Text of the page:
Sen. Richard Blumenthal Calls On U.S. Airlines To Ground Boeing 737 Max 8 Jets
MARY LOUISE KELLY, HOST:
Ethiopia, China, the European Union...
AUDIE CORNISH, HOST:
India, Indonesia, Singapore, South Africa, Turkey - these countries are among more than a dozen that have grounded Boeing 737 MAX jets following the crash of an Ethiopian Airlines flight Sunday.
KELLY: You will notice the U.S. is not on that list. More than 70 Boeing 737 MAX jets continue to take off and land for Southwest, American and United Airlines. The airlines tell NPR their planes are safe and their pilot training is up-to-date.
CORNISH: That doesn't sit well with a lot of people, including Connecticut Senator Richard Blumenthal. He's calling on the carriers to ground these jets. When I spoke with him earlier, I asked him why not wait for the FAA to determine the exact cause of Sunday's crash?
RICHARD BLUMENTHAL: Right now there is more than ample reason for airline passengers to be greatly concerned - in fact, justifiably frightened - about the safety of these airplanes and the ability of pilots to handle a malfunction. And so grounding them just is a matter of public safety and common sense. The airlines have a responsibility independent of the FAA, which also should order them be grounded. And I hope the airlines will recognize that responsibility and do the right thing.
CORNISH: Now, the FAA has ordered Boeing to enhance safety-related software on all its 737 MAX 8 planes. This is by April 1. It sounds like this is not enough for you.
BLUMENTHAL: Not nearly enough for the FAA to order that safety be protected by some date in the future - it should be now. People are flying these airplanes now. Our family members are in them probably as we speak. So this responsibility, it belongs to the FAA to put safety ahead of airline profits.
CORNISH: What's your response to the idea that, you know, at the end of the day, more people are likely to die in automobile accidents rather than plane crashes? I mean, is there a danger of overreaction here, especially when we still don't know the exact cause of the crash?
BLUMENTHAL: Wherever preventable deaths happen, they are unacceptable. Just because people die of smoking or they die in car crashes in no way justifies the failure of the FAA to protect consumers and the utter lack of social responsibility if the airlines voluntarily fail to act on their own. And this kind of disregard of responsibility undermines people's trust in institutions as a whole, particularly in the federal consumer protection agencies.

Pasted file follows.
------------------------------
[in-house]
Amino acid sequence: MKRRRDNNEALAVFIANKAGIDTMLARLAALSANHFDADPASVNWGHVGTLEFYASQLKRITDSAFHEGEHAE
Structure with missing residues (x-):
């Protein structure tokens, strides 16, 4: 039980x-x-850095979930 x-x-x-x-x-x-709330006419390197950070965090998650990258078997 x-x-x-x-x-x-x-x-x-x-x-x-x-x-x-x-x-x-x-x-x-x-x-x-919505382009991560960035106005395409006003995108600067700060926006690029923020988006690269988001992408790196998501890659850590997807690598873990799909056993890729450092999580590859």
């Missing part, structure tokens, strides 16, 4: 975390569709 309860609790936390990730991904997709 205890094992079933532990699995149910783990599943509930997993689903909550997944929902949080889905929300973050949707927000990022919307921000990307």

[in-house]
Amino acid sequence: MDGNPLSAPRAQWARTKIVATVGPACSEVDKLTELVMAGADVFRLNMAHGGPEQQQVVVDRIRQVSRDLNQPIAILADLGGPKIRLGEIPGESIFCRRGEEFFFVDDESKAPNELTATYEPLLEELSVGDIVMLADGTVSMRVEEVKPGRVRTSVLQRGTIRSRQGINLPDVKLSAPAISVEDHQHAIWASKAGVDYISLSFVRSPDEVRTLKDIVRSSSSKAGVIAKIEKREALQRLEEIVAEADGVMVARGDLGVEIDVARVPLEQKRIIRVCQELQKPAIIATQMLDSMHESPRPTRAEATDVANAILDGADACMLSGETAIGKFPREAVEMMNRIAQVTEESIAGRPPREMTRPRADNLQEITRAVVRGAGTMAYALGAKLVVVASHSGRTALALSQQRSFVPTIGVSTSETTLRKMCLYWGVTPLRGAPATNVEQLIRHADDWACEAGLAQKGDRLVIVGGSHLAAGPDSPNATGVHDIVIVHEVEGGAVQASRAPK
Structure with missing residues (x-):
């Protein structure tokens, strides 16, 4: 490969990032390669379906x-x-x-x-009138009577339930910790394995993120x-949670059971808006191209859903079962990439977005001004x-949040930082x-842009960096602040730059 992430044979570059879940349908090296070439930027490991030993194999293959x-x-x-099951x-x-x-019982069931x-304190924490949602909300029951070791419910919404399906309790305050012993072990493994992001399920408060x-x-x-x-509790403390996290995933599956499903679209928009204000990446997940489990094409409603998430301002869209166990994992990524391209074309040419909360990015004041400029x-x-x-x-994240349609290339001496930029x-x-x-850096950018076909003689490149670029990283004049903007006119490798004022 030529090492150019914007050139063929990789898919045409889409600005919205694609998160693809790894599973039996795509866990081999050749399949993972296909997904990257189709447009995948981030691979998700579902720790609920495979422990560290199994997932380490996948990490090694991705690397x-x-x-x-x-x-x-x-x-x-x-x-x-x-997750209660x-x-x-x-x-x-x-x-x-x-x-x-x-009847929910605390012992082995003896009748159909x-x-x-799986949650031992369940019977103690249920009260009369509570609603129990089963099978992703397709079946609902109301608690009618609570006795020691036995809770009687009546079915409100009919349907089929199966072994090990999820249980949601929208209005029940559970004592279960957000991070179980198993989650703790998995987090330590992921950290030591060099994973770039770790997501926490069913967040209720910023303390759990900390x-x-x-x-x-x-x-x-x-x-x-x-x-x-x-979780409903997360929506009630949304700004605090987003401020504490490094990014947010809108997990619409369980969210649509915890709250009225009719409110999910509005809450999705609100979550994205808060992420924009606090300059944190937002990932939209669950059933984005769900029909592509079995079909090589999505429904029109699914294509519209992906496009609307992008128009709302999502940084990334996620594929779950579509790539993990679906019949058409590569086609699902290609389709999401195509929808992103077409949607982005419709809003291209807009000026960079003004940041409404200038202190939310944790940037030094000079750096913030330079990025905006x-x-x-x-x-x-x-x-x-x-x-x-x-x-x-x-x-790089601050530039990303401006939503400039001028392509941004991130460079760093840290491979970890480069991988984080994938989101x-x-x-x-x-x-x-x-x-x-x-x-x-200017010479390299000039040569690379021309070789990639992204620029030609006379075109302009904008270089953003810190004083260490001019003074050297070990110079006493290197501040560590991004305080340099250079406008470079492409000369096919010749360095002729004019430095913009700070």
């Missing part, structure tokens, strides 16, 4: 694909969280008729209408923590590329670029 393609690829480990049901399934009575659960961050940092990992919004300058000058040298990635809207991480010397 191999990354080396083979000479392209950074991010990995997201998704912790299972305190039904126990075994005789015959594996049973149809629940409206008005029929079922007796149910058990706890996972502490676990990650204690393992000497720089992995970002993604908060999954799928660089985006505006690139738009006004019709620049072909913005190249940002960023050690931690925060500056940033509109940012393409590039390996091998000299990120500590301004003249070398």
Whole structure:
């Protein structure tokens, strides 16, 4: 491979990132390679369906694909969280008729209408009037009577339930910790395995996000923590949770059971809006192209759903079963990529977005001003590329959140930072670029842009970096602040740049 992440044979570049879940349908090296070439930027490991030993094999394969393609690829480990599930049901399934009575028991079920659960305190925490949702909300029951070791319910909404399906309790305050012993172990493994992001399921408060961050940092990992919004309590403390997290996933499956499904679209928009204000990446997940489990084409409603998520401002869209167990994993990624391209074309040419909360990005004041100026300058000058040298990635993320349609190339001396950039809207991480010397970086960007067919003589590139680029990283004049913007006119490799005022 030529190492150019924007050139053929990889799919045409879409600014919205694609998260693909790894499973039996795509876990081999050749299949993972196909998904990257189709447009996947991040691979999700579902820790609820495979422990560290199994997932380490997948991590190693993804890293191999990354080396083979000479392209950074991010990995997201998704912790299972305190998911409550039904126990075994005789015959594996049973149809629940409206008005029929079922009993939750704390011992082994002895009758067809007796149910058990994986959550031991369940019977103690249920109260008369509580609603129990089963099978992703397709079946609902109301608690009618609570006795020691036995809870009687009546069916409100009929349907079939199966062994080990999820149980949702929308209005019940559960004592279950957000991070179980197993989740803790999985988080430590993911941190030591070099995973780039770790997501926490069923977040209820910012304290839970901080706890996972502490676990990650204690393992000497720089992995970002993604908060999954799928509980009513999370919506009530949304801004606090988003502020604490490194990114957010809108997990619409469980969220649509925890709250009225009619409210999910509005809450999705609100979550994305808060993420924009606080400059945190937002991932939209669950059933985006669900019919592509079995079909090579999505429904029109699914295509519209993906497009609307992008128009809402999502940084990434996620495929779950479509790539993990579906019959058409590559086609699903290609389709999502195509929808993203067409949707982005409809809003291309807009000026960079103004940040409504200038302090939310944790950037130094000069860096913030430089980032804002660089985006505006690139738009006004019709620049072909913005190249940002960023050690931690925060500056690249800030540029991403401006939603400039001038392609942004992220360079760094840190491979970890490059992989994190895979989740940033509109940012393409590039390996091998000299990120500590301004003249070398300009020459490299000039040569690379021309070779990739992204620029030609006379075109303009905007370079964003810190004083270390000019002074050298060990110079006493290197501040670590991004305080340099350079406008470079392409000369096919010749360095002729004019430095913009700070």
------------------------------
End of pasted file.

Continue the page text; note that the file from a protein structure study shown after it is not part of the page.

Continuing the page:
CORNISH: In the end, how would safety be proven to your mind?
BLUMENTHAL: Safety is really for the experts to assess and for Boeing to prove to the airlines and the FAA. The burden of proof at this point is on Boeing. Boeing has a heavy burden of proof because of the circumstantial evidence that something is wrong here and in fact, implicitly, Boeing's acknowledgement that something has to be done to improve the control system for the aircraft and the FAA's order that it be done by April 1. We should not be waiting two more weeks. It should be done immediately, and the planes should be grounded until there is proof - as a lawyer, I would say beyond a reasonable doubt - that this airline is safe. Right now these planes are simply accidents waiting to happen.
CORNISH: So to be clear, if they announced changes today, to you, they would still need to prove that the passenger jets are safe.
BLUMENTHAL: They still have to go through the normal oversight process. So the FAA and its experts look at this equipment, the software and other aspects of the plane's control system and tell the public - we stand by the assessment that you will be safe riding these airplanes. So it's not a matter of a quick fix. It has to be thorough, objective, independent. And right now, truly, these airlines have lost the public trust. They are accidents waiting to happen. They're unsafe at any speed.
CORNISH: China was among the first to ground these planes, and many other countries followed their lead. What message does this send that our airspace regulators are increasingly alone?
BLUMENTHAL: I have raised doubts in the past about the efficacy of the FAA. I believe that it has to prove that we are not behind the rest of, in effect, the civilized world - the rest of Europe and the rest of the whole world in terms of airline safety. Safety should be first, especially when it comes to airlines for all the obvious reasons. Safety ought to be job No. 1 for the FAA. And saving face - if that's what's motivating it - is certainly an abhorrent reason for the FAA to be lagging.
CORNISH: In the meantime, will you be avoiding the U.S. air carriers that still fly this Boeing jet?
BLUMENTHAL: I will be avoiding the MAX 8 and MAX 9. And I'm going to be advising my family do so as well - and, frankly, my friends and anyone else who asks.
CORNISH: Senator Richard Blumenthal, thank you so much for speaking with us.
BLUMENTHAL: Thank you so much.
CORNISH: And since we spoke to Senator Blumenthal, the head of the Senate panel that oversees aviation issues, Senator Ted Cruz of Texas, says he will hold hearings on the Boeing 737 MAX 8. Transcript provided by NPR, Copyright NPR.